Dear professional players: you are the problem

By now everyone’s seen an increasing number of players speaking out about problems with Valve’s new Major system. Yet again, Valve’s single page of information has, shockingly, failed to establish an airtight system.

Just to be clear, the changes Valve have made over the past few years have been trending in a positive direction, improving transparency and fairness in the ecosystem. But this is something people far too eagerly jump onto. Everyone in the community is so afraid of Valve that they’d rather emphasize their successes and downplay their failures wherever possible. The fact is that while Valve have consistently made improvements, they’ve done so needlessly slowly and left their system open to glaring problems for large periods of time, over and over again.

A lot of people reading this are going to say stuff like ‘Valve are a private company and can do what they want’. I think that’s a pretty stupid argument which both misunderstands the difference between ‘can’ and ‘should’ and underestimates the quickly evolving role of distributors in Esports. Anyway I’d rather just avoid that discussion and speak in a language said detractors will accept: incentives. What gives Valve an incentive to change their system? Two things — professional players and the community. Without the players their product falls apart and without the community…their product falls apart. So they need the buy in of both groups.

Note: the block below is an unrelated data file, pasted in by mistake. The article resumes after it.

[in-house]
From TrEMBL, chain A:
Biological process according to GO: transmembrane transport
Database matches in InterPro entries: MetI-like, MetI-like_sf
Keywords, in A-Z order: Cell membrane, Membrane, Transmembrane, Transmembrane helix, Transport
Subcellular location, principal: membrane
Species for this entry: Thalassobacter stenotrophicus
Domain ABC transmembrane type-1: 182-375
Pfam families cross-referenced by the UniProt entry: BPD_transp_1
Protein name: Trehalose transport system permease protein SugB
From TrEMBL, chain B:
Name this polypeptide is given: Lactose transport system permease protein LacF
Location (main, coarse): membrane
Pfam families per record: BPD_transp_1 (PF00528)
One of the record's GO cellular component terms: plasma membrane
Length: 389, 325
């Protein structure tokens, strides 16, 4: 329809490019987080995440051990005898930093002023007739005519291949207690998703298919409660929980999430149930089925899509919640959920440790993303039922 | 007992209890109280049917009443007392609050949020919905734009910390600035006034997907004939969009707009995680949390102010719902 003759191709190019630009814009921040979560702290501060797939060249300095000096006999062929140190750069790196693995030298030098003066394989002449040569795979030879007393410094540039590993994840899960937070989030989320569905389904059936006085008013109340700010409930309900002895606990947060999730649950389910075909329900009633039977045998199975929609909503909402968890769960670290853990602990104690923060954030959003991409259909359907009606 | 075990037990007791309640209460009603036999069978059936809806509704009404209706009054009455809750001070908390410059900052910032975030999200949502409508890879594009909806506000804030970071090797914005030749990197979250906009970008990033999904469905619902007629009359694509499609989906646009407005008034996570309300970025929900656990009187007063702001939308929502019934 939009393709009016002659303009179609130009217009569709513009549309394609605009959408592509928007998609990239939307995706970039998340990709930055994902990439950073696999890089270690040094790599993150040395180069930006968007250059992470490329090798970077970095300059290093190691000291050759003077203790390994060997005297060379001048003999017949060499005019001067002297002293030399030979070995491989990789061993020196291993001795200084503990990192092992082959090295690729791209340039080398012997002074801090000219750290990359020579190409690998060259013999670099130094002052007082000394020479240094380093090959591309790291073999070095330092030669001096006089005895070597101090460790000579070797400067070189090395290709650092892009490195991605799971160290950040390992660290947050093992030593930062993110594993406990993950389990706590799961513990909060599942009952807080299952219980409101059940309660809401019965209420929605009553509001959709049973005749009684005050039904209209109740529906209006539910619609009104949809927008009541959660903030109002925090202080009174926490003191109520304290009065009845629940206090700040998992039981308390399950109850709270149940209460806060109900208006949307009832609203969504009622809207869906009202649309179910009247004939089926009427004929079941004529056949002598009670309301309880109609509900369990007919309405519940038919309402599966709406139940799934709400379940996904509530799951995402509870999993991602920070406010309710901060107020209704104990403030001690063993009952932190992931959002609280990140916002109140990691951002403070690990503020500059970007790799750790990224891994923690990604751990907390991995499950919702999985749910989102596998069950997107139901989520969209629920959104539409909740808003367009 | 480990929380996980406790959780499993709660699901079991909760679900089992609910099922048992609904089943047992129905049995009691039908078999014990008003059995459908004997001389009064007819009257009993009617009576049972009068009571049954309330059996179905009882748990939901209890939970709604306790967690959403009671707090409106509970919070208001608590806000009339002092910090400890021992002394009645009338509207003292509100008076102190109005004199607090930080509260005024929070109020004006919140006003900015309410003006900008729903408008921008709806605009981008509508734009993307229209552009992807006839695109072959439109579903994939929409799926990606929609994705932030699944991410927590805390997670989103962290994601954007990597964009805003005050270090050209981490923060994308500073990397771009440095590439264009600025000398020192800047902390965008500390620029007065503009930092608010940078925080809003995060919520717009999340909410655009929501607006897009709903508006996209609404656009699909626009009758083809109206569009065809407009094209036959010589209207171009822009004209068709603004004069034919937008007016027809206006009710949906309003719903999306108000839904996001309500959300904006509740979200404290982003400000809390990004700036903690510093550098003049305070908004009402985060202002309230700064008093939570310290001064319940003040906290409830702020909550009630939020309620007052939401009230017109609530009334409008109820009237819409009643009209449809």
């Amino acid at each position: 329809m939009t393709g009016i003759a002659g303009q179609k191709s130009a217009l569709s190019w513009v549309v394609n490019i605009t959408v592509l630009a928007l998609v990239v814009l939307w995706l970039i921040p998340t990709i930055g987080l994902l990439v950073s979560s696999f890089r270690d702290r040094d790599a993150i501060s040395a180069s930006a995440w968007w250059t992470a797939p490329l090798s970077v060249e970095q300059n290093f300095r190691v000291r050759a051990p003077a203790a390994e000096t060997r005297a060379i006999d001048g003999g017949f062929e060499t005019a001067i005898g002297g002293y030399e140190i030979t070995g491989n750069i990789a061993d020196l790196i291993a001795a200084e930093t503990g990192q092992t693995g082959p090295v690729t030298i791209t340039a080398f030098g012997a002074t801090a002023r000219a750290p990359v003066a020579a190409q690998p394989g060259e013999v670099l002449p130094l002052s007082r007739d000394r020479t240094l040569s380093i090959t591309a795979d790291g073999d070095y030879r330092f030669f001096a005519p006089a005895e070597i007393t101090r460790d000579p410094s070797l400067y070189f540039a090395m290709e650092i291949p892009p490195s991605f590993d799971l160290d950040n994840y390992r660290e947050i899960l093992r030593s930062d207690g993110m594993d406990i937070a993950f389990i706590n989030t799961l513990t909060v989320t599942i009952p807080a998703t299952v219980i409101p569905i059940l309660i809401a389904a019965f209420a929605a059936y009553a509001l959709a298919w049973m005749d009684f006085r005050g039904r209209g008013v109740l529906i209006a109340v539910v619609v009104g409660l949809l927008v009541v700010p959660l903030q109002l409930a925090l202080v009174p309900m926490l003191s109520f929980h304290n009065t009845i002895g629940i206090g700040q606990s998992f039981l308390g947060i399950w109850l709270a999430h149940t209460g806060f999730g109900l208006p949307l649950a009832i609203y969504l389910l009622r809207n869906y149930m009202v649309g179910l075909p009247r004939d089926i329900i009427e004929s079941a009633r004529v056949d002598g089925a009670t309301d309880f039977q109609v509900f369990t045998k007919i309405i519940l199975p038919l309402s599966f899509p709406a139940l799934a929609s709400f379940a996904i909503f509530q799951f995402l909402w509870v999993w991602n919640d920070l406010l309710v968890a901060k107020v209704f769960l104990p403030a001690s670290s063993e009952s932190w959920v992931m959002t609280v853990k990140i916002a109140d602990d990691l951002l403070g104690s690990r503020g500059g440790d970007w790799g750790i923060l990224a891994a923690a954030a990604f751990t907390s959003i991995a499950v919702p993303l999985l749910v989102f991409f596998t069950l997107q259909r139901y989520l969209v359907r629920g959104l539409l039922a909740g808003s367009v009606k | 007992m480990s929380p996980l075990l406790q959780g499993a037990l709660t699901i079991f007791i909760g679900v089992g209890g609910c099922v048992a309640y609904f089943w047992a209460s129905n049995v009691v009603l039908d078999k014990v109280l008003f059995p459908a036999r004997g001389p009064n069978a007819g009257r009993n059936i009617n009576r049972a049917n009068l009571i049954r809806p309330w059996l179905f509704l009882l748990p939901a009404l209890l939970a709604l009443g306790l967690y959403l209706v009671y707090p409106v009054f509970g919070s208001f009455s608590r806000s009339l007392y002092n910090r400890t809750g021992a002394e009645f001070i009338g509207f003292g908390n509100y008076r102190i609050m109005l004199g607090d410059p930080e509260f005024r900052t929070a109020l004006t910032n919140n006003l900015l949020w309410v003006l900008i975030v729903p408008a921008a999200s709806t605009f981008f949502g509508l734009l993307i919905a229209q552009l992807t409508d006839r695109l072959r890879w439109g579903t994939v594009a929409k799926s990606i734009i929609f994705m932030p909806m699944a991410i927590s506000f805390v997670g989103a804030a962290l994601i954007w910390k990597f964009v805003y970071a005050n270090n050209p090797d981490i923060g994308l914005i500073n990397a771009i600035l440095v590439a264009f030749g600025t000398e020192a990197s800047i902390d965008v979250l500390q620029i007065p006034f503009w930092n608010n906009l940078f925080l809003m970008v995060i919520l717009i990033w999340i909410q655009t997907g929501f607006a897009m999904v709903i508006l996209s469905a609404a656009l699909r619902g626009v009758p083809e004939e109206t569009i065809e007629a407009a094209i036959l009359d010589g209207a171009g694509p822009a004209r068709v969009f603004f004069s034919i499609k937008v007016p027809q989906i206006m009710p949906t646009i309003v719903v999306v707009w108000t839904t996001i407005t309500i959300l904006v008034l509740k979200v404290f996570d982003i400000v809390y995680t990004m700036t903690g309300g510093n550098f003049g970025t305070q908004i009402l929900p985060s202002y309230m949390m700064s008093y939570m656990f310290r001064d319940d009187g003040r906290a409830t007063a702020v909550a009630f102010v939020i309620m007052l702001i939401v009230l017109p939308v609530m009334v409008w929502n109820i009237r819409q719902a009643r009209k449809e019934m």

But most of the visible (read: Reddit) community don’t know what their own opinions are, never mind what would be best for the system. That’s an exaggeration, obviously, but the fact is that the community very consistently decides on their stances based on the views of the players they like. So players have most of the power because they have both direct and indirect power to pressure Valve to make changes.

This is not the first time players have had grievances with Valve’s system. Basically every Major and TI we haven’t been told how many teams will be invited or what the criteria will be. The format and groups for qualifiers typically get announced only a day or two before they start. Controversial decisions like inviting Na’Vi to TI6 never get discussed or explained. The substitution rule has been abused. These are just some examples on a long list of issues that have arisen over the last few years relating to Valve’s system.